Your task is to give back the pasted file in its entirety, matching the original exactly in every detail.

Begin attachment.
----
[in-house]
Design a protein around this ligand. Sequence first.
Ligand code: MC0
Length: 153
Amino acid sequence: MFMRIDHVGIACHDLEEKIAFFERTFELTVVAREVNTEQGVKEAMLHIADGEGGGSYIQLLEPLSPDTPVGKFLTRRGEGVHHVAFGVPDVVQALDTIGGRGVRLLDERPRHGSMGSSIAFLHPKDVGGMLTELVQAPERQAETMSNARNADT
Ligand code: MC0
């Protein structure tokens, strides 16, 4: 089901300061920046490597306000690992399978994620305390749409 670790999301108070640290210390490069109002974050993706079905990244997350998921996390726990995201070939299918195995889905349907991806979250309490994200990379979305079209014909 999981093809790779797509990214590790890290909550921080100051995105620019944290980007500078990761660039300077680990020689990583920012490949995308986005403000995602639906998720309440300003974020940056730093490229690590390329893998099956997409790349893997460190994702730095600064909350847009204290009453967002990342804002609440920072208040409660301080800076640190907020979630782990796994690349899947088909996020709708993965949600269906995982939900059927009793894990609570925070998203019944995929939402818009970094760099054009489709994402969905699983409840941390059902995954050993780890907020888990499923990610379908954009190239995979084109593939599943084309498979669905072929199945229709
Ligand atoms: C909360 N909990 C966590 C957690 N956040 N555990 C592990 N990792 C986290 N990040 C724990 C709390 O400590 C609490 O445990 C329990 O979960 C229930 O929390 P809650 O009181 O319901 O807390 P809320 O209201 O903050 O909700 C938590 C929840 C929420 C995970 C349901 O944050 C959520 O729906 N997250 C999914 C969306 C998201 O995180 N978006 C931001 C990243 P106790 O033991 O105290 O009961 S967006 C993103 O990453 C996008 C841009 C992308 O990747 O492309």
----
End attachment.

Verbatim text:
[in-house]
Design a protein around this ligand. Sequence first.
Ligand code: MC0
Length: 153
Amino acid sequence: MFMRIDHVGIACHDLEEKIAFFERTFELTVVAREVNTEQGVKEAMLHIADGEGGGSYIQLLEPLSPDTPVGKFLTRRGEGVHHVAFGVPDVVQALDTIGGRGVRLLDERPRHGSMGSSIAFLHPKDVGGMLTELVQAPERQAETMSNARNADT
Ligand code: MC0
């Protein structure tokens, strides 16, 4: 089901300061920046490597306000690992399978994620305390749409 670790999301108070640290210390490069109002974050993706079905990244997350998921996390726990995201070939299918195995889905349907991806979250309490994200990379979305079209014909 999981093809790779797509990214590790890290909550921080100051995105620019944290980007500078990761660039300077680990020689990583920012490949995308986005403000995602639906998720309440300003974020940056730093490229690590390329893998099956997409790349893997460190994702730095600064909350847009204290009453967002990342804002609440920072208040409660301080800076640190907020979630782990796994690349899947088909996020709708993965949600269906995982939900059927009793894990609570925070998203019944995929939402818009970094760099054009489709994402969905699983409840941390059902995954050993780890907020888990499923990610379908954009190239995979084109593939599943084309498979669905072929199945229709
Ligand atoms: C909360 N909990 C966590 C957690 N956040 N555990 C592990 N990792 C986290 N990040 C724990 C709390 O400590 C609490 O445990 C329990 O979960 C229930 O929390 P809650 O009181 O319901 O807390 P809320 O209201 O903050 O909700 C938590 C929840 C929420 C995970 C349901 O944050 C959520 O729906 N997250 C999914 C969306 C998201 O995180 N978006 C931001 C990243 P106790 O033991 O105290 O009961 S967006 C993103 O990453 C996008 C841009 C992308 O990747 O492309």